Before we even look into the physicalisation of a role, it is important that you are fit, healthy, hydrated and warmed up. It is part of your role as an actor to be physically ready to work and this has to include these four steps.


You must be physically able to meet the demands of your work. In my natural habitat I resemble a human slow-loris; a sloth like creature that comes out of the warmth only to feed and engage with other sloths. In training and in working I’ve come to realise that the requirement for actors to be fit is not merely artificially on a surface level – it’s a crucial component of being able to work.

Being aesthetically acceptable for roles is an entirely different matter. All actors regardless of size or casting must be ready to work, run, skip, jump, dance. To maintain energy, movement, pace. This realisation came for me when I realised that one of the requirements for my ‘bucket-list shows’ required pretty specific upper body strength, and that in order to be seen for it and for others, I would have to build strength and improve my cardio fitness. All things that don’t come naturally to a slow-loris.


Eating, sleeping and breathing well. It’s important to look after what you put into the body. Sleep is probably most overlooked; it’s vital that you’re well rested and energised and are in a good place to begin work – a positive, open mind-set, willing to take on the physical challenges of a role.


Drink a minimum of 2 litres per day, more when in rehearsals, during exercise or when drinking caffeine.

Simple as that.

The ultimate actors’ accessory is always a water bottle. For good reason too; it helps maintain health by allowing you to absorb vitamins and nutrients from your food better, as well as promoting better sleep and effective exercise.


As covered by our E-book, the importance of warming up both the body and the voice cannot be stressed enough. All other components combine to allow you to physically prepare for a role in the long run, but in the short term, the immediate – the single most important thing you can do is warm up. Run, dance, stretch. Do whatever floats your boat and gets your heart beating.

Then warm up the body through breathing and breath-work, connecting to support and then moving onto warming up the voice; humming, sirening, singing. Perform enunciation, intonation, clarity exercises to help you be ready to speak.

Once these basics are in place, we can start looking at the actual physical preparation you should undergo for every role you get.


Create nothing, deny nothing. What is in the text? Observe sentence length, grammar. Emotional journey. Emotional understanding, self-awareness. History, background.

First and foremost, examine the universal truths the writer has presented to you. Understand what this character does every day. How/when they get up. Where they get up. What fills their day. From the text understand what their routine is like and how it is similar or different to your daily routine.

Observation: go into the world and explore. Having found in the text the characters; age, sex, characteristics of language, habit, routine, roles – venture out and find them in your surroundings. This can be difficult. It might not work for you. People-watching, in observation mode, helps to cast your eye at others’ habitual behaviour outside of your own skin but still within the realm of that character. Where you find them; in books, film, portraits, on streets, buses, is irrelevant – it is the search that matters.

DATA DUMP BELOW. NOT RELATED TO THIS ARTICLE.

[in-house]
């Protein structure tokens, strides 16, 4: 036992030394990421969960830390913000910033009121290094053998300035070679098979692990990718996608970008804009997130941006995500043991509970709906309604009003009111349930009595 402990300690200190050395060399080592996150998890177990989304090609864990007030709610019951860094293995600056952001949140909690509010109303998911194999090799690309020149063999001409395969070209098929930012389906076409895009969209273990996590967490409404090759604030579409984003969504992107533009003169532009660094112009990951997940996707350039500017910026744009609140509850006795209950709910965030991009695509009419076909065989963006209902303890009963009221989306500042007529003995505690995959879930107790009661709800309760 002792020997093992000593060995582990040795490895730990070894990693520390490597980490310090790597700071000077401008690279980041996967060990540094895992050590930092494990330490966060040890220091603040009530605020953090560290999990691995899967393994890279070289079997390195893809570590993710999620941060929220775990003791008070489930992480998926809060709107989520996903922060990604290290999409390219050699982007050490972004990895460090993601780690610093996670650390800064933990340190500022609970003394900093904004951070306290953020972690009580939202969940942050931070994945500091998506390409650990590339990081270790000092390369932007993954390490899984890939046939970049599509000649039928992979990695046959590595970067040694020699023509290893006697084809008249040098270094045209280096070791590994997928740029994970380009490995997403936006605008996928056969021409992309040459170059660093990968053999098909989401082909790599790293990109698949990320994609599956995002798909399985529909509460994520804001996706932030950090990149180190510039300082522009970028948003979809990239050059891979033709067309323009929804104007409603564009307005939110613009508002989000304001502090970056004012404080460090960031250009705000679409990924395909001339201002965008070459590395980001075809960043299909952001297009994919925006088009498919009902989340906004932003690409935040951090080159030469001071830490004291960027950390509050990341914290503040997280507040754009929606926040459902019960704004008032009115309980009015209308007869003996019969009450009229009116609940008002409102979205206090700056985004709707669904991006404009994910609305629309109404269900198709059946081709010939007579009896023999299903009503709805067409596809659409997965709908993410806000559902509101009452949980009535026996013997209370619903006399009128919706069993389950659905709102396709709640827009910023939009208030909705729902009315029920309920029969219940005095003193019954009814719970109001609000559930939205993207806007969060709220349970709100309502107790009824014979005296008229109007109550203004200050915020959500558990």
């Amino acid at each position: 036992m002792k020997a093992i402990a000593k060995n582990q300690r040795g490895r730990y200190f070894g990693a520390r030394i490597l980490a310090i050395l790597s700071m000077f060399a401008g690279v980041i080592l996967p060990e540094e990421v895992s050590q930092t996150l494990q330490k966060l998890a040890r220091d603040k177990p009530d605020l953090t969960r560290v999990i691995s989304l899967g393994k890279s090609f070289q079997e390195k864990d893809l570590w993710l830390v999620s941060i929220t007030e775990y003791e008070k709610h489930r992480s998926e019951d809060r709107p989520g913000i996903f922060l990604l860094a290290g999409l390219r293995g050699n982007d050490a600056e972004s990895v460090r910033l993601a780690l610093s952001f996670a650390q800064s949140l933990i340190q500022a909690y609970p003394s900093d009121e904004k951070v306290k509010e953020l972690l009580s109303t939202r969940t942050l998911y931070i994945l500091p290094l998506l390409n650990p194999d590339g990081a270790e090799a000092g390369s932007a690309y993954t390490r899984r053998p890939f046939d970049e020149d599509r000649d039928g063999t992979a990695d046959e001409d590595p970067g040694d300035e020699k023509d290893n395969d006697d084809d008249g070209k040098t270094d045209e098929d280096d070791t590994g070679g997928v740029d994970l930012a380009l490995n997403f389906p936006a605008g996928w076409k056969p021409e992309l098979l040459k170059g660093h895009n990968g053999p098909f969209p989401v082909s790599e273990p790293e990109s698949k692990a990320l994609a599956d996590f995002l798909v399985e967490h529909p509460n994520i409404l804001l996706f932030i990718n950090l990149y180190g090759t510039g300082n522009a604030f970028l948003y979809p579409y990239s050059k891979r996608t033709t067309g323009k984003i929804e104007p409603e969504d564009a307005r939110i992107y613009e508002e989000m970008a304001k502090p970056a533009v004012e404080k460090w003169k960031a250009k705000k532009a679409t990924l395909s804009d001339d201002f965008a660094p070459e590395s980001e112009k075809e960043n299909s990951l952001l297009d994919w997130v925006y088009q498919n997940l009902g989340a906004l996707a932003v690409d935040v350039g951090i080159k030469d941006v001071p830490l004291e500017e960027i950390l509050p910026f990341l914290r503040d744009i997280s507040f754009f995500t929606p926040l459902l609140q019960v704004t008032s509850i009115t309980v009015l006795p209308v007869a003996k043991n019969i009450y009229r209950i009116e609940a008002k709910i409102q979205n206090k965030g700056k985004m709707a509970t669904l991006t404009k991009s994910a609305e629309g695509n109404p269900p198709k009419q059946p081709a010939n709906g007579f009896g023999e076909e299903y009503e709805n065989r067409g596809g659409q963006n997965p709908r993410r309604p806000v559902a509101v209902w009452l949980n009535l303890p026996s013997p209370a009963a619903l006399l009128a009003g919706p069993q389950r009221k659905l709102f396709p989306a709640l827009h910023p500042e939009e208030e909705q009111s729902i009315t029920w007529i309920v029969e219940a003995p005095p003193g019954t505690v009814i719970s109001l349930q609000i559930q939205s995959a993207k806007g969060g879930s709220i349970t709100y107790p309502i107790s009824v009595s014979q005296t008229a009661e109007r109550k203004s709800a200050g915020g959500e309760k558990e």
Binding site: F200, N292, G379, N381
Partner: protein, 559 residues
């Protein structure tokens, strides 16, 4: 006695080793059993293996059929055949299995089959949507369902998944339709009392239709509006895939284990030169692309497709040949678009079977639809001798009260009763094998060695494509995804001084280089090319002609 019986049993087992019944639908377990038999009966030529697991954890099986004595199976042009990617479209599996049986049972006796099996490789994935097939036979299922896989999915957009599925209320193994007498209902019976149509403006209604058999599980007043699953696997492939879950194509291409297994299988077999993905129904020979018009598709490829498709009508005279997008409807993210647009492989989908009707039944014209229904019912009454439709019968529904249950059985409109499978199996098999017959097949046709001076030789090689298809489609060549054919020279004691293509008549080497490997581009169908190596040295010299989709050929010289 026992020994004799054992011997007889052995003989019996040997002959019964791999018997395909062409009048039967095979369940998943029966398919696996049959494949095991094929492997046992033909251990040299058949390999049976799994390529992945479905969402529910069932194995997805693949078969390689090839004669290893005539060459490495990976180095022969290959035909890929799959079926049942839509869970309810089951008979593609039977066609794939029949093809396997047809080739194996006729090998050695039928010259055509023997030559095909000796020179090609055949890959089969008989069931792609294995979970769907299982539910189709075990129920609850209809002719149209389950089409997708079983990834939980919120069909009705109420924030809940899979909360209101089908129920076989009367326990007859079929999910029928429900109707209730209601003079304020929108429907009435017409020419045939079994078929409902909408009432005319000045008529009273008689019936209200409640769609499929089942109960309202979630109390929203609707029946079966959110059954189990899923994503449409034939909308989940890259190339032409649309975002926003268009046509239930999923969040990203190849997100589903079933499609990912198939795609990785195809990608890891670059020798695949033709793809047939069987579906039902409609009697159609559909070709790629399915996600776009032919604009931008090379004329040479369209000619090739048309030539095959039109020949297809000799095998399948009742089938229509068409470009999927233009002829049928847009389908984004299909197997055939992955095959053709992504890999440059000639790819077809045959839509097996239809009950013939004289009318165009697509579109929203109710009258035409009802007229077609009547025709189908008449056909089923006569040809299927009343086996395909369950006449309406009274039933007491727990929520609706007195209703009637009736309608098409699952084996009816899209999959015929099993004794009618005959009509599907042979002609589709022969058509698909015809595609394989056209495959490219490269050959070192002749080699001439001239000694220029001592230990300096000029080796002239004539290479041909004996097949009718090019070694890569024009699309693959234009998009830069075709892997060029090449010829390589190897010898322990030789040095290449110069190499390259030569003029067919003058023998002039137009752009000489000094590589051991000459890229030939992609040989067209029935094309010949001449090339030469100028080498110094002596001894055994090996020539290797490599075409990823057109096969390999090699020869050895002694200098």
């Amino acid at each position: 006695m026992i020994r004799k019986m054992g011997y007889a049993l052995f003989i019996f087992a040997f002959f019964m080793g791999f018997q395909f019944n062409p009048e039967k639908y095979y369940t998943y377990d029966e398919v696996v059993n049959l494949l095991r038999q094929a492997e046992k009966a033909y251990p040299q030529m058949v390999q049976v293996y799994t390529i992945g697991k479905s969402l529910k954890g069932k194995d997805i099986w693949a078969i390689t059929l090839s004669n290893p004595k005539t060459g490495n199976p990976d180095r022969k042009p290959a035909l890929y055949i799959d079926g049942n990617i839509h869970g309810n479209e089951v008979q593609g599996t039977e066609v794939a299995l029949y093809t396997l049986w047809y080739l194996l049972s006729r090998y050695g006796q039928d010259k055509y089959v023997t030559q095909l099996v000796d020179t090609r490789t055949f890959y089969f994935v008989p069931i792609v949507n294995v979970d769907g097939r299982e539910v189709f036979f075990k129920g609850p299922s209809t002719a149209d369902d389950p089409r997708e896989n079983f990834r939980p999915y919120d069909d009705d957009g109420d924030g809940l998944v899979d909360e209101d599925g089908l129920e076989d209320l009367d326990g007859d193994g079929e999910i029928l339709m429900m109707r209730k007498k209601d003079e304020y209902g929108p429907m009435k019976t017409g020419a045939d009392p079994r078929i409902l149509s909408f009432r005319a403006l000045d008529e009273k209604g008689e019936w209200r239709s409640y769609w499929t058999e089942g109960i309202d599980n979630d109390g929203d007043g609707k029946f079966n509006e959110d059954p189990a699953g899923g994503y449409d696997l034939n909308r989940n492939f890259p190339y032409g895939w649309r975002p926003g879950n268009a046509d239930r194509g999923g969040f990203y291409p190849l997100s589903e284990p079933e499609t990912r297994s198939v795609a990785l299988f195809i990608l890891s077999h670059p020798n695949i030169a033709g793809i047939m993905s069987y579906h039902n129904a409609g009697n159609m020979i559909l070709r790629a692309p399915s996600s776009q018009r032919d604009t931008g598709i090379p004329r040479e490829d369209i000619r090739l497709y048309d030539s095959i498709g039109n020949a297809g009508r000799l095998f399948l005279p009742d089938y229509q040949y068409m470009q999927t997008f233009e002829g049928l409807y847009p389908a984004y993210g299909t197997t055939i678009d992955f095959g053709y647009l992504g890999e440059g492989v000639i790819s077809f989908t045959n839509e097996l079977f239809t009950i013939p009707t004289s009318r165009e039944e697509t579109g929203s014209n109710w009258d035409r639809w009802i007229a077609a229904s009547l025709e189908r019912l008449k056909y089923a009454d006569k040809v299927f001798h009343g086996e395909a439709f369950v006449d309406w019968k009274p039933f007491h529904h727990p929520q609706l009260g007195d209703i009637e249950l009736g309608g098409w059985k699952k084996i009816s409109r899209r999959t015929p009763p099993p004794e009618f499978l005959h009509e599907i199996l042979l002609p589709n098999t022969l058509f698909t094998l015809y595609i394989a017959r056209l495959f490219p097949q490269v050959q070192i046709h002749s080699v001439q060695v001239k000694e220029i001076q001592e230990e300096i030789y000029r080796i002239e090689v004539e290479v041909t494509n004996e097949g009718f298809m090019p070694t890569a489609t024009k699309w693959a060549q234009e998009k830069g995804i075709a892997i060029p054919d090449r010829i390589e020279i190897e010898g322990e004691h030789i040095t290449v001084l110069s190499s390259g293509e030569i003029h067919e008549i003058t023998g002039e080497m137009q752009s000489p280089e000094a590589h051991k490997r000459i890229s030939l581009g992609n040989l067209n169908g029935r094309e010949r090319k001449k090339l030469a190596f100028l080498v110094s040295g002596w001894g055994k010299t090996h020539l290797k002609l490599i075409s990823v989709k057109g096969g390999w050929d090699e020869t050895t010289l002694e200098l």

Specifically the 5 rhythms – if you think of the first rhythm as almost breathing, just about conscious, and the fifth as euphoric, awesome, godly – explore reading and playing scenes from different rhythms. Playing around with the levels of rhythms for that character will allow you to understand more about their, and your, natural tempo.


Inspecting behavioural studies outside of our own natural bodies may feel like a step too far, but it is really helpful as an entry-point to remove yourself from your habitual patterns of physical behaviour. It’s also fascinating to scan a character study devoid of any language we can understand. Finding the inner and outer tempo in an animal study, understanding the focus and determination in acts such as eating, feeding, hunting will help you to explore where an animal can lead from e.g. beak, shoulders, head etc.

When back in our own bodies it’s interesting to scan through this ‘leading’ exercise – taking the focal point where a character’s energy is focused from and driving the focus through that point. This is so that the primary physical focus is on one spot – that all other movement is ciphered through this point eg; eyes, elbows, knees, chest.


Costume plays a huge role in transforming what you’re able to do; whether you’re comfortable, at ease, exposed etc. If your character spends their days trawling in trackies ready for anything, it would be interesting to explore how they feel in a suit or dress. Not to juxtapose any kind of class association but to understand what they feel comfortable in, what they wear regularly and how they feel in it. Explore both sides of their coin and find them in more freeing and restrictive clothing in rehearsal.

Costume is icing on a cake. It helps unify many explorations and inform and embody discoveries and decisions. It is also a really quick tool to enable you to discard your own habitual dress sense. You can crawl into the layers of this other persons’ fleshy folds of clothing, finding their own ways of buttoning and lacing, flinging and scuffing, into their shoes onstage. Now ready to take their steps into the world.

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